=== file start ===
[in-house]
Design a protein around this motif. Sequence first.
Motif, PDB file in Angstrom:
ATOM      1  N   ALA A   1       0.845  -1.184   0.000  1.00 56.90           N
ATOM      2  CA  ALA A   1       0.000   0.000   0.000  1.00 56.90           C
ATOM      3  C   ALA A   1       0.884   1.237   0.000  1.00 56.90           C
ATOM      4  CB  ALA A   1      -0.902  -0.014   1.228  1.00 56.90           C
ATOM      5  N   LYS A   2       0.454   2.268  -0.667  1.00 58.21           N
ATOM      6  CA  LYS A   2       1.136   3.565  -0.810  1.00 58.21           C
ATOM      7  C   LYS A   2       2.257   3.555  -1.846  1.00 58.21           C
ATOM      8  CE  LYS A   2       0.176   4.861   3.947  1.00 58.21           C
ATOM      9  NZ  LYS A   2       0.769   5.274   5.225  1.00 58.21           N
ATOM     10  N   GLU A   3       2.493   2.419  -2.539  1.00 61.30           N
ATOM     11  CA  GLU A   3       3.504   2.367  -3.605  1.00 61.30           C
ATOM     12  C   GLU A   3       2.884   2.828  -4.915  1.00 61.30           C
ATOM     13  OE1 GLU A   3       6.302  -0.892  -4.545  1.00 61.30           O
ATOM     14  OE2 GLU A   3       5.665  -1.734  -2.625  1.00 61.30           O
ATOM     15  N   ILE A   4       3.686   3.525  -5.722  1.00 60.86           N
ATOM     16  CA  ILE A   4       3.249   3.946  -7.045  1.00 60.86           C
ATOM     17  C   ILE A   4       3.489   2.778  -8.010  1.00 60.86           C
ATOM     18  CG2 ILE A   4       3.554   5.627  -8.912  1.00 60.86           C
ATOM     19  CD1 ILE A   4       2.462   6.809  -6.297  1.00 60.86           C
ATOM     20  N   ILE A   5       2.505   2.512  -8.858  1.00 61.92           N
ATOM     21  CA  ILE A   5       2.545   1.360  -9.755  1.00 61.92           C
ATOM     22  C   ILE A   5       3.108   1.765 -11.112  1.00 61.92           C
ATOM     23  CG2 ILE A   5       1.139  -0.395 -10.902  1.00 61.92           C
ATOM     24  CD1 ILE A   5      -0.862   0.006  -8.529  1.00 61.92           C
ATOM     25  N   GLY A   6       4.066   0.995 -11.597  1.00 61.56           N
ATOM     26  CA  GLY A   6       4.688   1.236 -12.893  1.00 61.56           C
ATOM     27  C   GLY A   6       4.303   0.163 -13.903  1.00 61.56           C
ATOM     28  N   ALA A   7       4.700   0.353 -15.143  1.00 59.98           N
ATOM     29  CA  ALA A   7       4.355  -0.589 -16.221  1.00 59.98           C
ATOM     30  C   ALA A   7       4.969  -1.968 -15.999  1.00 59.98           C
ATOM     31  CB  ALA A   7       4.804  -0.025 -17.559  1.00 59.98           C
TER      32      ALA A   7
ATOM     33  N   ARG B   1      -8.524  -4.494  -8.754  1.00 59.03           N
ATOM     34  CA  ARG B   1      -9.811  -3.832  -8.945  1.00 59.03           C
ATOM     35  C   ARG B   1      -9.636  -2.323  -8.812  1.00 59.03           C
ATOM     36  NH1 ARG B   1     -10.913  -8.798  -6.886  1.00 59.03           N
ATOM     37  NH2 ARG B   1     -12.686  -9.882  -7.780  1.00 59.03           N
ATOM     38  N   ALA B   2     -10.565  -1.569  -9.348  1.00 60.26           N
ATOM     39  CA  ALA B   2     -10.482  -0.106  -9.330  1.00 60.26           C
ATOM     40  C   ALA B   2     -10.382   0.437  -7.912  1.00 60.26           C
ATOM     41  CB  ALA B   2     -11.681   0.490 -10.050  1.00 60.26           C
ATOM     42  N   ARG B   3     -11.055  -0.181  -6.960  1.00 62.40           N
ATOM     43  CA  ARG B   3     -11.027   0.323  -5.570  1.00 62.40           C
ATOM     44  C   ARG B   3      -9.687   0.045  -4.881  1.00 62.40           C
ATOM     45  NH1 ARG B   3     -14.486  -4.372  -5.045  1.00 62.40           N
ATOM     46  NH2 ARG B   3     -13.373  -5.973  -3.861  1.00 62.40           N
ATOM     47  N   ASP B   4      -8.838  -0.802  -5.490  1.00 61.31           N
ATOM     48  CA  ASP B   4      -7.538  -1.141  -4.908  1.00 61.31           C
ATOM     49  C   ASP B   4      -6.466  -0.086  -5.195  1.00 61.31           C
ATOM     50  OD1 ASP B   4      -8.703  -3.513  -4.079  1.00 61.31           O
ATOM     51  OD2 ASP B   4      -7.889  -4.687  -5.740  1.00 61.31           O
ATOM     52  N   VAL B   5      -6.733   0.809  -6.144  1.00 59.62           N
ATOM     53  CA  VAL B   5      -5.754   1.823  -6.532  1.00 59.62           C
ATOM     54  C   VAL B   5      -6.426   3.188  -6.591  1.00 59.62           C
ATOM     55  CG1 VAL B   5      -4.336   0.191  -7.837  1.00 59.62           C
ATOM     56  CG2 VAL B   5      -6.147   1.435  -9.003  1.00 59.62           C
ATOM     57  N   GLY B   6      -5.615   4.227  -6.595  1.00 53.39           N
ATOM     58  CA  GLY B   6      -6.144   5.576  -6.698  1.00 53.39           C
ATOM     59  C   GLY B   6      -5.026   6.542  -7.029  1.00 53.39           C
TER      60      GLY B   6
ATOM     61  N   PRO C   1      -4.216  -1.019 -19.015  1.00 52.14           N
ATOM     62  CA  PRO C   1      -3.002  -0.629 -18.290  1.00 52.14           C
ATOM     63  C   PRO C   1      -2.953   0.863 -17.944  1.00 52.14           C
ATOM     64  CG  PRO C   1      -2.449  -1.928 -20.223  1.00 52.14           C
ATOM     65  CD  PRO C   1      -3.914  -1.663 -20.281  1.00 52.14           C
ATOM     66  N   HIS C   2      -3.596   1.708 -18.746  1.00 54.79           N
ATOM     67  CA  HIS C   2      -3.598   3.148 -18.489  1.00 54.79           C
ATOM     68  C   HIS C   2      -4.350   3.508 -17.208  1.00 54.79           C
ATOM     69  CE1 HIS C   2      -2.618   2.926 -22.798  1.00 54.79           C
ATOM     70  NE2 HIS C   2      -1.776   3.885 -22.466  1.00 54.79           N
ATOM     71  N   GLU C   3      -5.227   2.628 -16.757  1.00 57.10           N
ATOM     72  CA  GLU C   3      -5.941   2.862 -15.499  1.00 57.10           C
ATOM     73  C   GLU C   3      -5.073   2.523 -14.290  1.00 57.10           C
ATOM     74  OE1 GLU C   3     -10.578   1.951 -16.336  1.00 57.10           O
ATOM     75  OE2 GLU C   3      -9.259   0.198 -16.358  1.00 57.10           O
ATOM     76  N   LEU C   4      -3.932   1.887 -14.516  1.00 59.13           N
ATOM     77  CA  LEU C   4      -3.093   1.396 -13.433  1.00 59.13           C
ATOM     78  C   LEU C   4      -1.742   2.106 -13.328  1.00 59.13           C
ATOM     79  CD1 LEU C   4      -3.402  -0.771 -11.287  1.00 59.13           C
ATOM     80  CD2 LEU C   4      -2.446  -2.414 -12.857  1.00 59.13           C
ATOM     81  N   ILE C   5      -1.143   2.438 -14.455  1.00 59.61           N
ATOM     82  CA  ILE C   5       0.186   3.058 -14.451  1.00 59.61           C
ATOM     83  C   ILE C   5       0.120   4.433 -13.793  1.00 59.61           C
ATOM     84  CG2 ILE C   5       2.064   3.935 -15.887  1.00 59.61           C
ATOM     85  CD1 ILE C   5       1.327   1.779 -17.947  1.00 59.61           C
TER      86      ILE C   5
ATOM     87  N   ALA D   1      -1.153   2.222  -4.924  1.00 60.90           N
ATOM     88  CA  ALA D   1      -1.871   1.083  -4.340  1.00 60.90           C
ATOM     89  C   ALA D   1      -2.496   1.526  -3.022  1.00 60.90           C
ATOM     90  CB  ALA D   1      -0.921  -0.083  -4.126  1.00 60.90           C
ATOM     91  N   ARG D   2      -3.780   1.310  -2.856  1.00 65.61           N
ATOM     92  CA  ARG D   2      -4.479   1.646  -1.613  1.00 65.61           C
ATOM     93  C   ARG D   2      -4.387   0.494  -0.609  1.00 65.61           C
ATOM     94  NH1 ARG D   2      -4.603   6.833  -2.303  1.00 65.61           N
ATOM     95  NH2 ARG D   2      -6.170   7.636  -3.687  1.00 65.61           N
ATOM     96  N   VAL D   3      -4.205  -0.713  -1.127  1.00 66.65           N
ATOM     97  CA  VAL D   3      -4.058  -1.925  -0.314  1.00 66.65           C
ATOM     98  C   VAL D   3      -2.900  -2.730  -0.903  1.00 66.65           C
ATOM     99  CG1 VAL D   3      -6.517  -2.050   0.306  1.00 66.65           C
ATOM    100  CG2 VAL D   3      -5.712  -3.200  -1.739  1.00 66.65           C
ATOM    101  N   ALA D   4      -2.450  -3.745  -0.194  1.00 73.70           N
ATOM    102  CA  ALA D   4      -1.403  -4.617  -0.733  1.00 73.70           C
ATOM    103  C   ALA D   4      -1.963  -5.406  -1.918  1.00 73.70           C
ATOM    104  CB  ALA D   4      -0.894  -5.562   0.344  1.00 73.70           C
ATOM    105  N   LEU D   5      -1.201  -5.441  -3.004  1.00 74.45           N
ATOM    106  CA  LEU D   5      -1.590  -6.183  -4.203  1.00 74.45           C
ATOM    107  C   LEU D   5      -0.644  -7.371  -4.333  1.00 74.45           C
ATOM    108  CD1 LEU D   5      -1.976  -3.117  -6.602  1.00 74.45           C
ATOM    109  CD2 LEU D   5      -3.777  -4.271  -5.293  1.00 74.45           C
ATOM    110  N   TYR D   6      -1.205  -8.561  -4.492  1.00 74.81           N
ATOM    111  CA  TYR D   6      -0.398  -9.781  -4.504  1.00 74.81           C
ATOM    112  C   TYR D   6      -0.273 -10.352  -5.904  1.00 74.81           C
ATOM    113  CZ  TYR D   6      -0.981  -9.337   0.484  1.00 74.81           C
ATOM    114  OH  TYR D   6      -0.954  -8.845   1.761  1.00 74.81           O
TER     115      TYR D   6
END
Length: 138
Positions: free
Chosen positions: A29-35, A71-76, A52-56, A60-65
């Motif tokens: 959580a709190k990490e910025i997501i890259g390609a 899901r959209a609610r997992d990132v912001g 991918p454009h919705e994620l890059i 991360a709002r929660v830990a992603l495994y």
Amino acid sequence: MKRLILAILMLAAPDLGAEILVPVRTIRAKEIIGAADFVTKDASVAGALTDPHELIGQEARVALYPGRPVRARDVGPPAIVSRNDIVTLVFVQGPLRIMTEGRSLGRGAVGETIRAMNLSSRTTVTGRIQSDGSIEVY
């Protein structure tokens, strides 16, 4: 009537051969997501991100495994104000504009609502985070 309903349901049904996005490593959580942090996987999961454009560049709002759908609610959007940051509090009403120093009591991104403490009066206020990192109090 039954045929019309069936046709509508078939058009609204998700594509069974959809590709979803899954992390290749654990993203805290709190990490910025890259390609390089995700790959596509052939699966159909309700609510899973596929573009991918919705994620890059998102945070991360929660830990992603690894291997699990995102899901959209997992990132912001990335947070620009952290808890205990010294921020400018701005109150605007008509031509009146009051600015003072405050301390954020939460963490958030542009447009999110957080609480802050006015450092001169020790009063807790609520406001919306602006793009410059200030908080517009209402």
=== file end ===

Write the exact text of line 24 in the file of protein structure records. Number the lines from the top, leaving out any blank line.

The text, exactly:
ATOM     21  CA  ILE A   5       2.545   1.360  -9.755  1.00 61.92           C